After nearly 4 years, Acquit, the best tool for compiling Mocha tests into documentation on npm, is now at v1.0.0. I've found acquit to be indispensable over the last few years for keeping the Mongoose docs current, deploying internal API docs, as well as for writing ebooks. If you want to get started, check out the new Acquit website, or download Acquit on npm.

Getting Started With Acquit

Let's face it, maintaining documentation examples is a huge pain. When your API changes, you usually update your tests, but what about updating your docs? If you don't have automated checks in place to make sure your docs are correct, you get bug reports saying your examples are out of date. And if you're writing new content, you're stuck copy/pasting examples that you're not going to be able to find again. Acquit gives you a better way.

Acquit itself is just a parser that transforms raw Mocha test code parsed by esprima into a more productive format, including handling markdown in comments. In addition to the parser, Acquit has numerous plugins that let you combine your docs and test code in different ways.

The simplest plugin to get started with is acquit-markdown. This plugin takes in a Mocha test file and converts it into a Markdown file. Test descriptions become headers, leading comments above test descriptions become paragraphs, and test bodies become code samples. Suppose you have the below example.js file:

describe('foo', function() {
  /* This is how you print "Hello, World!" in JavaScript */
  it('bar', function() {
    console.log('Hello, World!');
  });

  // You can print any string
  it('baz', function() {
    console.log('Bye!');
  });
});

Running acquit-markdown from the command line will generate markdown from this file:

$ ./node_modules/.bin/acquit-markdown -p example.js
# foo

## It bar

This is how you print "Hello, World!" in JavaScript

```javascript
console.log('Hello, World!');
```

## It baz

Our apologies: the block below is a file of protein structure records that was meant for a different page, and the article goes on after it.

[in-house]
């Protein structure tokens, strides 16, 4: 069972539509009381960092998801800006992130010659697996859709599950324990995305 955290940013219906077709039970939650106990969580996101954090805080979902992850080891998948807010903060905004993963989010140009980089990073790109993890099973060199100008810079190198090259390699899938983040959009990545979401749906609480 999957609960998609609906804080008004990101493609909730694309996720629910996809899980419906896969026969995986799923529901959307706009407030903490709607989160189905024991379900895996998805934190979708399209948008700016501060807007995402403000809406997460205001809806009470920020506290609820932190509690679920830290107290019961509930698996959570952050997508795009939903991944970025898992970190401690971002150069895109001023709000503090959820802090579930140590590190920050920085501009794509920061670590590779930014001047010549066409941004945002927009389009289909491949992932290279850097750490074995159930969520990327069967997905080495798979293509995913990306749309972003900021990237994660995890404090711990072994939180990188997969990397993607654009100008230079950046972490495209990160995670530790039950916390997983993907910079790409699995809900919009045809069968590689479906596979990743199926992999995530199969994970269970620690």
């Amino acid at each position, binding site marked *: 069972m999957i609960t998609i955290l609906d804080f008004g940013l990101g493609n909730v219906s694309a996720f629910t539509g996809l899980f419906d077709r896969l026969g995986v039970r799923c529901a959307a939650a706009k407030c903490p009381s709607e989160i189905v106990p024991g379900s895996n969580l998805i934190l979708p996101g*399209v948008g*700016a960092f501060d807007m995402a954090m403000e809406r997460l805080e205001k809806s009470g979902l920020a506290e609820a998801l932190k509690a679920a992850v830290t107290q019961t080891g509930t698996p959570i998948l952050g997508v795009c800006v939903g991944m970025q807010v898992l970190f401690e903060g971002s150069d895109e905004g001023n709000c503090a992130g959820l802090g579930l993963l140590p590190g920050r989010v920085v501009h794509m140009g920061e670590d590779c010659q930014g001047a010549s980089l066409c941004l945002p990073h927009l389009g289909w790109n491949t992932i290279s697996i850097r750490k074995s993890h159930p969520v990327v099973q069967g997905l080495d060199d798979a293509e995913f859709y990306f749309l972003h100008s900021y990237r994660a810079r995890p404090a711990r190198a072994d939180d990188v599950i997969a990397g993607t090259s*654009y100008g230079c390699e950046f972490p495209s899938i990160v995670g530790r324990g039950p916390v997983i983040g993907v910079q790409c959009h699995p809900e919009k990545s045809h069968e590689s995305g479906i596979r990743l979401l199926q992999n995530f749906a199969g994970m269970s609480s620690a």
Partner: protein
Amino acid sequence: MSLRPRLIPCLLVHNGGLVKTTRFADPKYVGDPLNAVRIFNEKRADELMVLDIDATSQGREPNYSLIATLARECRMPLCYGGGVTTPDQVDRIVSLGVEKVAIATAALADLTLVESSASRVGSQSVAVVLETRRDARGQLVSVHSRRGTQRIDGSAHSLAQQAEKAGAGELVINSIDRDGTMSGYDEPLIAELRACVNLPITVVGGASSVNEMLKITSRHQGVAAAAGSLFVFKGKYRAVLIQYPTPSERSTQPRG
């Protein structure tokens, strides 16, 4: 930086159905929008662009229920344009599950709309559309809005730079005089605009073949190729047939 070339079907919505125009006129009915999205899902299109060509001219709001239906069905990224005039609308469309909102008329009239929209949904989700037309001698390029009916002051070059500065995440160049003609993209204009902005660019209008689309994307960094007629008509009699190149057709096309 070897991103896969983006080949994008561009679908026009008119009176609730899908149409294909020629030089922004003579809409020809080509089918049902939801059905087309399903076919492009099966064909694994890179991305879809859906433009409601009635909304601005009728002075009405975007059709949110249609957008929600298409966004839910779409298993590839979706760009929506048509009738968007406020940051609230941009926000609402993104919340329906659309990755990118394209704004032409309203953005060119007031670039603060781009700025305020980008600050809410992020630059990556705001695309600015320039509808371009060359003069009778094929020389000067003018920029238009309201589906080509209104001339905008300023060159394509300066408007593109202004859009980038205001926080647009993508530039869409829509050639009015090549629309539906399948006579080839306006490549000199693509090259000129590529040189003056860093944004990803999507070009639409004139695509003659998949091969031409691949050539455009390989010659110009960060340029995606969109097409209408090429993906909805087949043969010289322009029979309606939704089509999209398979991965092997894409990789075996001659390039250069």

You can print any string

```javascript
console.log('Bye!');
```

Mocha tests often come with boilerplate that you don't want to end up in your examples, like the done() function. Thankfully, there's an acquit-ignore plugin that tells Acquit to ignore code that's delimited by // acquit:ignore:start and // acquit:ignore:end.

describe('test', function() {
  // `setTimeout()` runs a function asynchronously
  it('async', function(done) {
    setTimeout(() => {
      console.log('This is async');
      // acquit:ignore:start
      done();
      // acquit:ignore:end
    }, 50);
  });
});

You can tell the acquit-markdown executable to pull in the acquit-ignore plugin using the -r flag:

$ ./node_modules/.bin/acquit-markdown -r acquit-ignore -p ./example.js
# test

## It async

`setTimeout()` runs a function asynchronously

```javascript
setTimeout(() => {
console.log('This is async');
}, 50);
```

Using Acquit For Existing Content

Another way to run Acquit is to use the acquit-require plugin. This plugin operates on a string and replaces instances of [require:foo] with the first test that matches the regular expression 'foo'.

For example, suppose you have the below sample.md file:

Printing "Hello, World" in JavaScript is easy:

```
[require:bar]
```

And a test file example.js:

describe('foo', function() {
  it('bar', function() {
    console.log('Hello, World!');
  });
});

You can use acquit-require to pull in the first test whose description matches 'bar'.

$ ./node_modules/.bin/acquit-require -p sample.md -t example.js
Printing "Hello, World" in JavaScript is easy:

```
console.log('Hello, World!');
```

You can also use acquit-require programmatically from Node.js.

Moving On

Acquit has become a key part of my workflow as a module maintainer, API developer, and writer. Acquit saves you time by letting you leverage existing test cases in your examples and ensures your examples stay up to date. Plus, documentation coverage becomes as easy as plugging in a test coverage library like nyc. Check out Acquit's new website and get serious about your docs!

#native_company# #native_desc#
#native_cta#
Found a typo or error? Open up a pull request! This post is available as markdown on Github
comments powered by Disqus